Long after a hangover, a night of bad decisions might take a bigger toll on the body than previously understood. Described in the current issue of Alcoholism: Clinical & Experimental Research, a study at the University of Missouri has revealed a unique connection between binge drinking and the risk for developing alcoholic liver disease and a variety of other health problems.
"In our research, we found that binge drinking has a profound effect on the liver in various modes of alcohol exposure," said Shivendra Shukla, PhD, Margaret Proctor Mulligan Professor at the University of Missouri School of Medicine and corresponding author of the study. "No longer can we consider chronic alcohol consumption as the only factor in developing alcoholic liver disease."
Shukla said it's important to note there will be more liver injury in a chronic alcoholic if that person binge drinks, but a binge drinker may sensitize the liver over a longer period and make it prone to more damage. MU researchers studied the effects of binge drinking when coupled with chronic alcohol consumption and also in isolated cases of binge drinking not associated with chronic alcohol consumption.
Nationwide and in Missouri, binge drinking is on the rise. The National Institute on Alcohol Abuse and Alcoholism (NIAAA) defines binge drinking for women as having four or more drinks in two hours; for men, it is five or more drinks in two hours. An estimated 29 percent of women and 43 percent of men have reported experiencing at least one binge drinking episode over the course of a year.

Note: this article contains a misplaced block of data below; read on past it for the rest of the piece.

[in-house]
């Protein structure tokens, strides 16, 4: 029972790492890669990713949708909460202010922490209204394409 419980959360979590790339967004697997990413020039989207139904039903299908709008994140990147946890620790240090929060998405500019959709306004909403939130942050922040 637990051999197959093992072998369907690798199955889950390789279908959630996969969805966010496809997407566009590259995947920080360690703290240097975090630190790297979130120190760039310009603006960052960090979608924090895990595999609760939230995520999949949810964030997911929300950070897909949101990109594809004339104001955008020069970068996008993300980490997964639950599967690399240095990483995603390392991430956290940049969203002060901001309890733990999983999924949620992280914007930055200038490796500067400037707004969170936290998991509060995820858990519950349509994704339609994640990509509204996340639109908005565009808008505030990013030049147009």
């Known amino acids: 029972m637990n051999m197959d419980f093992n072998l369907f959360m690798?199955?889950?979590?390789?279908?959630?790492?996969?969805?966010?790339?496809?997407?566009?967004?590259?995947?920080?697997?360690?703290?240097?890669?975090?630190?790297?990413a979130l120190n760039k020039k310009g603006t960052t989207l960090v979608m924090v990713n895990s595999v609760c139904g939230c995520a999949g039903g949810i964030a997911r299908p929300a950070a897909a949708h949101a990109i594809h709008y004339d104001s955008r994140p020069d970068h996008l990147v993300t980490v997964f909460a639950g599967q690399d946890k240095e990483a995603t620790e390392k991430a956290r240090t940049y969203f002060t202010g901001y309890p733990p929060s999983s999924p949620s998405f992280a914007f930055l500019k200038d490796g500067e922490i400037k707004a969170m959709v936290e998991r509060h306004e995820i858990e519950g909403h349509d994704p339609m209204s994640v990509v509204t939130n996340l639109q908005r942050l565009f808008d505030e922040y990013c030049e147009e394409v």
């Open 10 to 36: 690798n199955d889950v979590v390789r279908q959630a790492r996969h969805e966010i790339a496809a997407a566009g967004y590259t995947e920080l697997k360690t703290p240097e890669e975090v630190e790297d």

Through their study of alcohol exposure in rats, researchers in Shukla's lab found binge drinking amplifies injury to the liver when there was pre-exposure due to chronic alcohol consumption. As the main metabolic site for the body, the liver affects many systems in the body, including nutrient and drug metabolism and distribution, as well as the production of multiple agents that are needed for the heart, kidney, blood vessels and brain to function properly.
"Binge drinking should not be associated with only liver damage," said Shukla, a professor of medical pharmacology and physiology. "It creates an inflammatory response in the liver that is like a cluster bomb, sending out various damaging signals to systems in the body. If those organs are working at a lower level of function, then a whole host of physiological processes is affected."
Journal information: Alcoholism: Clinical & Experimental Research
Provided by University of Missouri School of Medicine